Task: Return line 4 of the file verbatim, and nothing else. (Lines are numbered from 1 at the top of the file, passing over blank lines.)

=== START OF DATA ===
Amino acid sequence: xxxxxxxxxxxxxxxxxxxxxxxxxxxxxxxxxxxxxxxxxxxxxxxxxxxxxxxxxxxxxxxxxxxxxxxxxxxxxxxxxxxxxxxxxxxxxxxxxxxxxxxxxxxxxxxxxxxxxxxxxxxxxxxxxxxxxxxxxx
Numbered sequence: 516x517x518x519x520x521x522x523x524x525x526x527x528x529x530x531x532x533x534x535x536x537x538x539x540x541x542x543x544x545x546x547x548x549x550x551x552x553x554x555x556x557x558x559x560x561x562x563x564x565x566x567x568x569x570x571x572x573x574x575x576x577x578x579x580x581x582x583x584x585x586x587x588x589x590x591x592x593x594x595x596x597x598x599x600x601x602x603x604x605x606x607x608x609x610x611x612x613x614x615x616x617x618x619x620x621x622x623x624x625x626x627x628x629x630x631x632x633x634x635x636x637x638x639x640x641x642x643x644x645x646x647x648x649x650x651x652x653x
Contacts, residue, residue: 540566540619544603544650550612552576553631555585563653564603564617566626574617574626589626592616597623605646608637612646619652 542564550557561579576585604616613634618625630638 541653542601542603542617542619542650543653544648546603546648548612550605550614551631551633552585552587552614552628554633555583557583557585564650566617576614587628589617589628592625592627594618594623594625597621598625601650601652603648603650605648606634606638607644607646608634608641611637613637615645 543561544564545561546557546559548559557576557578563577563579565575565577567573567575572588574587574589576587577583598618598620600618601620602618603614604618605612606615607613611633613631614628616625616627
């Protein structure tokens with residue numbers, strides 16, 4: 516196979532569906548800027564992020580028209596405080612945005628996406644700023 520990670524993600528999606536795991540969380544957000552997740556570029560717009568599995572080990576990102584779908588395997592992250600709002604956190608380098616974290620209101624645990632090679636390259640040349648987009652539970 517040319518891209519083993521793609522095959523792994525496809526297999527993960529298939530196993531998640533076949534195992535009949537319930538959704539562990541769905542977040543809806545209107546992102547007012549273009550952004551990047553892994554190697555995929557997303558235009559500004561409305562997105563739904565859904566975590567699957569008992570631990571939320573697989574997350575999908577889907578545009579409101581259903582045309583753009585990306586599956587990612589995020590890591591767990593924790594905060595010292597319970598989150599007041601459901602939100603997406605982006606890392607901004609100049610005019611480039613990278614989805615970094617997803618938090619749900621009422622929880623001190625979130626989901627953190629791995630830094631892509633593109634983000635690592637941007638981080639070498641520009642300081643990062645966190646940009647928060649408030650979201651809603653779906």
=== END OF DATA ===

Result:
């Protein structure tokens with residue numbers, strides 16, 4: 516196979532569906548800027564992020580028209596405080612945005628996406644700023 520990670524993600528999606536795991540969380544957000552997740556570029560717009568599995572080990576990102584779908588395997592992250600709002604956190608380098616974290620209101624645990632090679636390259640040349648987009652539970 517040319518891209519083993521793609522095959523792994525496809526297999527993960529298939530196993531998640533076949534195992535009949537319930538959704539562990541769905542977040543809806545209107546992102547007012549273009550952004551990047553892994554190697555995929557997303558235009559500004561409305562997105563739904565859904566975590567699957569008992570631990571939320573697989574997350575999908577889907578545009579409101581259903582045309583753009585990306586599956587990612589995020590890591591767990593924790594905060595010292597319970598989150599007041601459901602939100603997406605982006606890392607901004609100049610005019611480039613990278614989805615970094617997803618938090619749900621009422622929880623001190625979130626989901627953190629791995630830094631892509633593109634983000635690592637941007638981080639070498641520009642300081643990062645966190646940009647928060649408030650979201651809603653779906």